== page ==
Teacher says no to tests for son

7th April 2000 at 01:00
A mother says the assessment of seven-year-olds is 'political', writes Steve Hook

A FORMER primary-school teacher is planning to remove her seven-year-old son from school because she does not want him to take national curriculum tests.

Penny Holmes believes the tests are a political tool and says it is unfair to put young children under the pressure of being assessed.

She says her son Ben will stay home on each day the tests are held at Wiveliscombe primary school in Somerset. But the school has warned that Ben may be asked to sit the tests if he returns at any time during May.

Mrs Holmes said: "My child wouldn't have any trouble taking the tests but I think there are children who will get stressed about it. Someone has to make a stand.

"I think the Government is obsessed with testing for its own political reasons but, educationally, it is a very bad idea to test a seven-year-old child this way."

Headteacher Tony Halstad said he had spent about eight hours discussing the problem with Somerset County Council and the Department for Education and Employment.

Mr Halstead said: "The parents have an ideological objection but I am legally obliged to administer the tests and I can see no special reason for Ben to be allowed not to do them.

"We have all of May to complete the tests and if Ben comes back any time during that month, it conjures up the hilarious image of me having to chase him round the playground clutching the tests saying 'you've got to do them'. I understand the parents' reasons but I don't think it is in his best interests to miss a whole month of schooling.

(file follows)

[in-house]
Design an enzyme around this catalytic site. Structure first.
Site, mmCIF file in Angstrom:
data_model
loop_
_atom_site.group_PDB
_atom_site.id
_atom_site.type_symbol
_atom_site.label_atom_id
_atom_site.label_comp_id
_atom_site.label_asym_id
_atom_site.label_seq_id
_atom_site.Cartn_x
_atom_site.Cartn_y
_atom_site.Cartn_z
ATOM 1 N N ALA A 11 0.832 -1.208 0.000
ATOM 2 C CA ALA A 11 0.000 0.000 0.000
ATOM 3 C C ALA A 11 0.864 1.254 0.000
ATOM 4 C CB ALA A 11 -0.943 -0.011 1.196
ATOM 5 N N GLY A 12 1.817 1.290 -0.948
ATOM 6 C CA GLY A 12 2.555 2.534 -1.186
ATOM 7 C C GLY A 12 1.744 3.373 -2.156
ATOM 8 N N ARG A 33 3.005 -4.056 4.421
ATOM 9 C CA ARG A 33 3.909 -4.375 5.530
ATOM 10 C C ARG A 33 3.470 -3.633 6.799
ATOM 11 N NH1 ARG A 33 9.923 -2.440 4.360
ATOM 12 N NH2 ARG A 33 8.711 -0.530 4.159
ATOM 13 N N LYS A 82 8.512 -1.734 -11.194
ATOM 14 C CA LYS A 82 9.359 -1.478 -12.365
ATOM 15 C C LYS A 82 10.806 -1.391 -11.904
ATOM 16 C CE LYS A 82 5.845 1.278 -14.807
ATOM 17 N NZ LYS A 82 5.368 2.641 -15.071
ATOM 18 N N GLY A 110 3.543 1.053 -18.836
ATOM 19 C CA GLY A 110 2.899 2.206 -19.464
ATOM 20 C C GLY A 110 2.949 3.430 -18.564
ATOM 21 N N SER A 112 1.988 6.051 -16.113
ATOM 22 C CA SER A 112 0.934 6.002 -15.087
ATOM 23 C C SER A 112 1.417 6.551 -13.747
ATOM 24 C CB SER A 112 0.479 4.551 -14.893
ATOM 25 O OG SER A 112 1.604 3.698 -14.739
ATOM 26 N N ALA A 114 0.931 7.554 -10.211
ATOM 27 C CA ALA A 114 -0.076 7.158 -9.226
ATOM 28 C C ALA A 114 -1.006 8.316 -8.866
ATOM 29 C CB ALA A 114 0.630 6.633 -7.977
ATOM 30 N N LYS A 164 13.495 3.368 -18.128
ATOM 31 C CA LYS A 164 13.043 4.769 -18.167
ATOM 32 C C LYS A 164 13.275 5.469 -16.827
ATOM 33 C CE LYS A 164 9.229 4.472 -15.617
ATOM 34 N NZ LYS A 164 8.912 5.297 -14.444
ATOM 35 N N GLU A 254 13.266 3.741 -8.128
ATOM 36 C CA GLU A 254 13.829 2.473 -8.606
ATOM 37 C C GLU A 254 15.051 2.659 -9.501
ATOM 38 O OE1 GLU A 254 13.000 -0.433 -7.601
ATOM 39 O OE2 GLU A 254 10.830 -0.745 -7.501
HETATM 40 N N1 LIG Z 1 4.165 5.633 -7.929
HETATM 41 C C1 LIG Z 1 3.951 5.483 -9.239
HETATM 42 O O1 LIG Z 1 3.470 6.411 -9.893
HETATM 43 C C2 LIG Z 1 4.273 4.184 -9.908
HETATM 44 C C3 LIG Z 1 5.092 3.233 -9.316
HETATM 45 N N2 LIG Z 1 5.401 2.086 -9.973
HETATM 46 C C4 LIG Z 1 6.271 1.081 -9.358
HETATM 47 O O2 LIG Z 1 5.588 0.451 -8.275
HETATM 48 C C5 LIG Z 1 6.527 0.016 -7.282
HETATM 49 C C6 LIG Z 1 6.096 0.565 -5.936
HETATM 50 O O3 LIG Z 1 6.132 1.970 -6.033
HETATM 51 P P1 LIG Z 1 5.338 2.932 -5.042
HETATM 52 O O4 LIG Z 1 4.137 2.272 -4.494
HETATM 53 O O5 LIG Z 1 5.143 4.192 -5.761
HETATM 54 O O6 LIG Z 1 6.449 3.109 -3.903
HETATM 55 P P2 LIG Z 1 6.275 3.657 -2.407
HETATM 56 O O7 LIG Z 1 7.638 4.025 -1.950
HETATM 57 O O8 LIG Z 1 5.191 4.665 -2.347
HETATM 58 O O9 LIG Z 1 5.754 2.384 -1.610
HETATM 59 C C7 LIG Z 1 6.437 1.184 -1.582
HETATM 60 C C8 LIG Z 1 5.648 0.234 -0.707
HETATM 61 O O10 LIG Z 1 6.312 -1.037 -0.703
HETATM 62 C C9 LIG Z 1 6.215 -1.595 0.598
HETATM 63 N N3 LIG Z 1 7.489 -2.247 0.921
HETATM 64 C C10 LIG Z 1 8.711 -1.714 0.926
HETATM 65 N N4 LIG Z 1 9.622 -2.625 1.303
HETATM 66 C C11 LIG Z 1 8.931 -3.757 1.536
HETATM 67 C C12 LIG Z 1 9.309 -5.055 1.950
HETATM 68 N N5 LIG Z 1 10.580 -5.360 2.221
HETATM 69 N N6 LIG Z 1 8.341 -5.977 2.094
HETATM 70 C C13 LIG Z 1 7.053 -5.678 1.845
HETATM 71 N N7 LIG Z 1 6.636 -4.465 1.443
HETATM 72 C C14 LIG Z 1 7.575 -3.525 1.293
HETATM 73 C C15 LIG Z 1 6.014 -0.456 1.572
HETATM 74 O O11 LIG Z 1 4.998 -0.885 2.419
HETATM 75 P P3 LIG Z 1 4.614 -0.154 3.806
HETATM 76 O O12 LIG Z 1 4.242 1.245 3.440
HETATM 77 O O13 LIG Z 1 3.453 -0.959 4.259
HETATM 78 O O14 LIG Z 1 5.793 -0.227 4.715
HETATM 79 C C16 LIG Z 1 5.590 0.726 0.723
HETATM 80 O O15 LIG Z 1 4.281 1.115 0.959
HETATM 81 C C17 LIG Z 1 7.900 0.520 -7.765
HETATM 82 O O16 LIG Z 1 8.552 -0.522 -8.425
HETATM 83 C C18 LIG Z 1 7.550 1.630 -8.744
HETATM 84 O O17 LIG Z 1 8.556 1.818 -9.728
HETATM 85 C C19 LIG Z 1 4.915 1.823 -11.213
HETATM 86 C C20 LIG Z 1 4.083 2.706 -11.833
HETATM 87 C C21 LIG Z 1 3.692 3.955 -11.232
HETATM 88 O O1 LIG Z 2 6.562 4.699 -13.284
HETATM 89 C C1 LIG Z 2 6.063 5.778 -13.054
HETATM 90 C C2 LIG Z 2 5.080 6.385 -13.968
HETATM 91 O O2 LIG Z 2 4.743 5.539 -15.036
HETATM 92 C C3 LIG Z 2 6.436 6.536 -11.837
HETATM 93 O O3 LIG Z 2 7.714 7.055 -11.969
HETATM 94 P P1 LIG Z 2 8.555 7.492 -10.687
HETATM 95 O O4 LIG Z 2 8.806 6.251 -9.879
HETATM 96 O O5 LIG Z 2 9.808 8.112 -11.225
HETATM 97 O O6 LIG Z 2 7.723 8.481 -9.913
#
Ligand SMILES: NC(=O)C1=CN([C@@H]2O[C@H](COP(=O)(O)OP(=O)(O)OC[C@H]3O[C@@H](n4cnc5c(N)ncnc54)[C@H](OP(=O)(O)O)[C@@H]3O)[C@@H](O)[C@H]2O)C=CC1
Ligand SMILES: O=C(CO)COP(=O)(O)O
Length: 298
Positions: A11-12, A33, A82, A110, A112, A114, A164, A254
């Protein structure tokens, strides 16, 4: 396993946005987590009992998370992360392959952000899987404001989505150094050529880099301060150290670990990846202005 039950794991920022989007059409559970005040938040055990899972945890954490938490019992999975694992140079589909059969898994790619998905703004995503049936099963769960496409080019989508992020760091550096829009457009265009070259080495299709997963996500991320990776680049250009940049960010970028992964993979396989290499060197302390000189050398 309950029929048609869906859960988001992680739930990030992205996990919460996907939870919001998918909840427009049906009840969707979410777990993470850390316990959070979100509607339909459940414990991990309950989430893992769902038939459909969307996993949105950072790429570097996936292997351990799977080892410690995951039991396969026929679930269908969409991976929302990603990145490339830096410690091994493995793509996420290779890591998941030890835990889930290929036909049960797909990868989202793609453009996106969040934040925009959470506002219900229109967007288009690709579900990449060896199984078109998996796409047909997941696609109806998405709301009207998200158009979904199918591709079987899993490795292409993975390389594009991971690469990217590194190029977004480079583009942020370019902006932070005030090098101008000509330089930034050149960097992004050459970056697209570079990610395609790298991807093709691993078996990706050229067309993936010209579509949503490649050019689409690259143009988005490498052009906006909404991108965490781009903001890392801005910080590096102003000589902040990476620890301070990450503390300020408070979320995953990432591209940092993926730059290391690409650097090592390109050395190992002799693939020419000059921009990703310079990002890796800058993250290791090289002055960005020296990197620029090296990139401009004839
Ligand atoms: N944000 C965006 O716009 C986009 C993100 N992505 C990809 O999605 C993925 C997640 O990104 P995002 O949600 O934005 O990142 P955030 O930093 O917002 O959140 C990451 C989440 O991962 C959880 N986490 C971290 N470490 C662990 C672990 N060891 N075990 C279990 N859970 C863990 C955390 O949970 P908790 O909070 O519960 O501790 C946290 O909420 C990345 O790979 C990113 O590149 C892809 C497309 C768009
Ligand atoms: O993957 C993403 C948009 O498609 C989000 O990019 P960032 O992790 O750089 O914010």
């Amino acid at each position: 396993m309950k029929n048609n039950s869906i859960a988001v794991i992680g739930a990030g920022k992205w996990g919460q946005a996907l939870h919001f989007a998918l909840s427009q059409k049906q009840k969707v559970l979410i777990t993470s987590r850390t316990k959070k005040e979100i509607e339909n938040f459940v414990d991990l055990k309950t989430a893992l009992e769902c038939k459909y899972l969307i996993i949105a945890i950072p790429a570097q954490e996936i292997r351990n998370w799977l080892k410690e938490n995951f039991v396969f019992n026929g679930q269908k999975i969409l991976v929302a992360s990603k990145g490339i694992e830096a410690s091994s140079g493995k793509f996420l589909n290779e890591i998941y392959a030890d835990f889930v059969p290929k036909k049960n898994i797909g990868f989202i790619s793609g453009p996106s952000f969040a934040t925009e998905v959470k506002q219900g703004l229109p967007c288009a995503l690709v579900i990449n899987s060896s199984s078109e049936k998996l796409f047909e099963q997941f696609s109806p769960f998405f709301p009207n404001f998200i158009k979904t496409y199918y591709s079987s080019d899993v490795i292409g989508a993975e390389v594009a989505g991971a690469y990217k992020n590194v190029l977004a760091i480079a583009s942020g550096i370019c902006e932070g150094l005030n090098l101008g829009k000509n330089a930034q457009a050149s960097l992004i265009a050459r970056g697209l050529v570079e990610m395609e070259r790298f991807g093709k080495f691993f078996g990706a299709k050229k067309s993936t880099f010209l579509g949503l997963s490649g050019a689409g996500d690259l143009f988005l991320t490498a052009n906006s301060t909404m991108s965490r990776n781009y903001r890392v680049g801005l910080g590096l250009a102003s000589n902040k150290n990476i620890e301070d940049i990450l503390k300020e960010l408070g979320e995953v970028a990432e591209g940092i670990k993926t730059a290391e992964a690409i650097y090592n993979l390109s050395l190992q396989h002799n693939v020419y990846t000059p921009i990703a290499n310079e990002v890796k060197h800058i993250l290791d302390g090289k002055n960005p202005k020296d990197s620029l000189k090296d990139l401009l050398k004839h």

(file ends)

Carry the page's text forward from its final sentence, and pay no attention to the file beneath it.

"The tests are very child-friendly. I think it is the parents who get stressed about them and sometimes put too much pressure on their children."

Fines of up to pound;1,000 per parent can be imposed by magistrates courts if a child's absence is not authorised by the school.

Subscribe to get access to the content on this page.

If you are already a Tes/ Tes Scotland subscriber please log in with your username or email address to get full access to our back issues, CPD library and membership plus page.

Not a subscriber? Find out more about our subscription offers.
Subscribe now
Existing subscriber?
Enter subscription number


The guide by your side – ensuring you are always up to date with the latest in education.

Get Tes magazine online and delivered to your door. Stay up to date with the latest research, teacher innovation and insight, plus classroom tips and techniques with a Tes magazine subscription.
With a Tes magazine subscription you get exclusive access to our CPD library. Including our New Teachers’ special for NQTS, Ed Tech, How to Get a Job, Trip Planner, Ed Biz Special and all Tes back issues.

Subscribe now